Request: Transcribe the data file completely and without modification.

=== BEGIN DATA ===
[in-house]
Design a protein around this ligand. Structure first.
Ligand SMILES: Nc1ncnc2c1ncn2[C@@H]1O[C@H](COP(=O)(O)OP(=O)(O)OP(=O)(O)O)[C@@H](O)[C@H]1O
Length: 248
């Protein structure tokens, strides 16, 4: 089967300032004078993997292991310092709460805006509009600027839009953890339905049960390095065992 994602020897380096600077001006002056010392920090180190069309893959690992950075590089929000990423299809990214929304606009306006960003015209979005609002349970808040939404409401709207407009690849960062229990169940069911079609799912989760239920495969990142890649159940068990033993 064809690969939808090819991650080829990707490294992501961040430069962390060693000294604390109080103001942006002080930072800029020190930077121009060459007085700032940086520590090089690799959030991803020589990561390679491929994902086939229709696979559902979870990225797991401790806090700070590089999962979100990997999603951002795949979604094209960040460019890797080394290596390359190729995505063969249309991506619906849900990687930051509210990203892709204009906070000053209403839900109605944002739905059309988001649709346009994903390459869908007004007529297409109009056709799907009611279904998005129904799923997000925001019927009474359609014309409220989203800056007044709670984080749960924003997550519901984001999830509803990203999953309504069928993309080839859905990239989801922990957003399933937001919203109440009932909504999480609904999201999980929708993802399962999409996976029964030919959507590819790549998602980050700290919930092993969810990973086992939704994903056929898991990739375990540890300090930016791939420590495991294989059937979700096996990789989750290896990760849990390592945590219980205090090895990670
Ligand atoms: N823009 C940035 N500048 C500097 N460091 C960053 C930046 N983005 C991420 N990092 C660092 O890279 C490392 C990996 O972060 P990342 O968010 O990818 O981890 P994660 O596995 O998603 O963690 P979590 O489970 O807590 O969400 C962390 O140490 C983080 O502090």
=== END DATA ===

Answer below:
[in-house]
Design a protein around this ligand. Structure first.
Ligand SMILES: Nc1ncnc2c1ncn2[C@@H]1O[C@H](COP(=O)(O)OP(=O)(O)OP(=O)(O)O)[C@@H](O)[C@H]1O
Length: 248
């Protein structure tokens, strides 16, 4: 089967300032004078993997292991310092709460805006509009600027839009953890339905049960390095065992 994602020897380096600077001006002056010392920090180190069309893959690992950075590089929000990423299809990214929304606009306006960003015209979005609002349970808040939404409401709207407009690849960062229990169940069911079609799912989760239920495969990142890649159940068990033993 064809690969939808090819991650080829990707490294992501961040430069962390060693000294604390109080103001942006002080930072800029020190930077121009060459007085700032940086520590090089690799959030991803020589990561390679491929994902086939229709696979559902979870990225797991401790806090700070590089999962979100990997999603951002795949979604094209960040460019890797080394290596390359190729995505063969249309991506619906849900990687930051509210990203892709204009906070000053209403839900109605944002739905059309988001649709346009994903390459869908007004007529297409109009056709799907009611279904998005129904799923997000925001019927009474359609014309409220989203800056007044709670984080749960924003997550519901984001999830509803990203999953309504069928993309080839859905990239989801922990957003399933937001919203109440009932909504999480609904999201999980929708993802399962999409996976029964030919959507590819790549998602980050700290919930092993969810990973086992939704994903056929898991990739375990540890300090930016791939420590495991294989059937979700096996990789989750290896990760849990390592945590219980205090090895990670
Ligand atoms: N823009 C940035 N500048 C500097 N460091 C960053 C930046 N983005 C991420 N990092 C660092 O890279 C490392 C990996 O972060 P990342 O968010 O990818 O981890 P994660 O596995 O998603 O963690 P979590 O489970 O807590 O969400 C962390 O140490 C983080 O502090």